|Publisher||New English Library|
|Media type||paperback and hardback|
|Pages||433 pp (paperback)|
|Preceded by||The Jonah|
Shrine (1983) is a horror novel by English writer James Herbert, exploring themes of religious ecstasy, mass hysteria, demonic possession, faith healing and Catholicism. The story is about Alice Pagett, a deaf-mute child who's cured one night when she runs to an oak tree behind St. Joseph's, her local church. She's found by reporter Gerry Fenn and, when news of her cure spreads, their village becomes ablaze with publicity. After Alice performs several "miracle" cures in front of the tree, and claims to have seen the Virgin Mary there, it starts to be treated as a Lourdes-like shrine by Catholic pilgrims. St. Joseph's priest, Father Hagan, however, senses spiritual danger.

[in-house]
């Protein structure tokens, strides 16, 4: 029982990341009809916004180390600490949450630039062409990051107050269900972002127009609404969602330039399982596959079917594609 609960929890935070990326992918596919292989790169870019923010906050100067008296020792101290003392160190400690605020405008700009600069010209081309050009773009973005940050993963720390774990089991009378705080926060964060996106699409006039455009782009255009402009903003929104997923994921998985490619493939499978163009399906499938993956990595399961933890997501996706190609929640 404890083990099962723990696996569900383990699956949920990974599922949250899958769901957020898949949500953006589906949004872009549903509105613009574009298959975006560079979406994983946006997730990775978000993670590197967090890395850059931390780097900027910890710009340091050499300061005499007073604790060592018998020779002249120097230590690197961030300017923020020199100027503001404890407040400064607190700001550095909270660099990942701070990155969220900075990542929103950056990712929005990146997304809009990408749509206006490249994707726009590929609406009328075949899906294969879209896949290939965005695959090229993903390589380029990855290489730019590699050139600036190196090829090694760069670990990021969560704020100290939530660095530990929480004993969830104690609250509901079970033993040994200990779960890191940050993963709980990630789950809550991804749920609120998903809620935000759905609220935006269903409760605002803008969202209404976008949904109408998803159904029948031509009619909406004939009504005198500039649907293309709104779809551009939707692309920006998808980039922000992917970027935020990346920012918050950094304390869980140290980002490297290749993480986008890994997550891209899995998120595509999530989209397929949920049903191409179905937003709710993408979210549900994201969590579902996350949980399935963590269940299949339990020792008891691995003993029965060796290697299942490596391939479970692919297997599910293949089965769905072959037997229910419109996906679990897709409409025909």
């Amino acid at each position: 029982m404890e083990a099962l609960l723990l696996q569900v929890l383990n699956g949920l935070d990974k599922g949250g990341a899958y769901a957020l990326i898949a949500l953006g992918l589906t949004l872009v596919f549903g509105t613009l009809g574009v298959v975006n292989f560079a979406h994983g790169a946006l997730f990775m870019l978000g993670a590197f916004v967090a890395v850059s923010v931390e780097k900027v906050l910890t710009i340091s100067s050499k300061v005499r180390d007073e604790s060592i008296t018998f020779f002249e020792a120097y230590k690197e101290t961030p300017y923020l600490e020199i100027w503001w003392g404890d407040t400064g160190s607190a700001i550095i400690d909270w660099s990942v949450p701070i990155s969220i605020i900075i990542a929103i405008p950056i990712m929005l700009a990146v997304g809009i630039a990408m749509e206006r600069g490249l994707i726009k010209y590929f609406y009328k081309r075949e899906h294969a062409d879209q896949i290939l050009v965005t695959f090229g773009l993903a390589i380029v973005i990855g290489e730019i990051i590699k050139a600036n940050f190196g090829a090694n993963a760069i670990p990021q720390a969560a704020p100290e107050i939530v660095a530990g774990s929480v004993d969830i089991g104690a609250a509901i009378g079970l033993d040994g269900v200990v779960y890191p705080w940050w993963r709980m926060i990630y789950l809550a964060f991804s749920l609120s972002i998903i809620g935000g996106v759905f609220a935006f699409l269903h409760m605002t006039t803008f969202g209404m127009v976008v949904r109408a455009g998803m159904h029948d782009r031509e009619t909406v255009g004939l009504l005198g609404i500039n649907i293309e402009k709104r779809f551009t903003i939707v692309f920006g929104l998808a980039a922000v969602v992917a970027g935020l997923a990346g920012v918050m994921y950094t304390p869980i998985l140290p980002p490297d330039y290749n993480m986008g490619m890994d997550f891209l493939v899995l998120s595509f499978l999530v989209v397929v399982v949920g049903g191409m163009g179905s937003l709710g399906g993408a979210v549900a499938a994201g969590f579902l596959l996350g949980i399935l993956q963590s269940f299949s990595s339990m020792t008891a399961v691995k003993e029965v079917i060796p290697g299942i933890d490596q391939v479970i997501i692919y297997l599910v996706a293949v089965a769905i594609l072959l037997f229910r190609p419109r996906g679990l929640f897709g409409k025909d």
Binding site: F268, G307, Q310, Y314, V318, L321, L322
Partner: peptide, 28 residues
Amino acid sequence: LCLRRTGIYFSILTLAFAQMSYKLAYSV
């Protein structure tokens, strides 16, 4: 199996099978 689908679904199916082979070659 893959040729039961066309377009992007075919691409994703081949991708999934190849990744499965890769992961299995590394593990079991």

- Alice Pagett, "miracle" healing child
- Molly Pagett, Alice's mother, a devout Catholic
- Len Pagett, Alice's father, an atheist
- Gerry Fenn, an ambitious journalist
- Father Hagan, troubled priest of St. Joseph's
- Monsignor Delgard, paranormal investigator for the Catholic church
- Bishop Caines, Hagan's superior
- Sue Gates, Gerry's lover and fellow journalist
- Nancy Shelbeck, American journalist
Each chapter begins with a quote from a famous literary work, often a fairy tale or poem dealing with folklore, like the Grimms' canon, Peter Pan, and Hans Christian Andersen. The third-person narrative switches between several points of view, including village businessmen, Catholic officials, and other minor, as well as important, characters.
- Fleming Jr., Mike (3 December 2018). "Evan Spiliotopoulos and Sam Raimi Team On James Herbert Novel 'Shrine' at Screen Gems". Deadline. Retrieved 5 May 2019.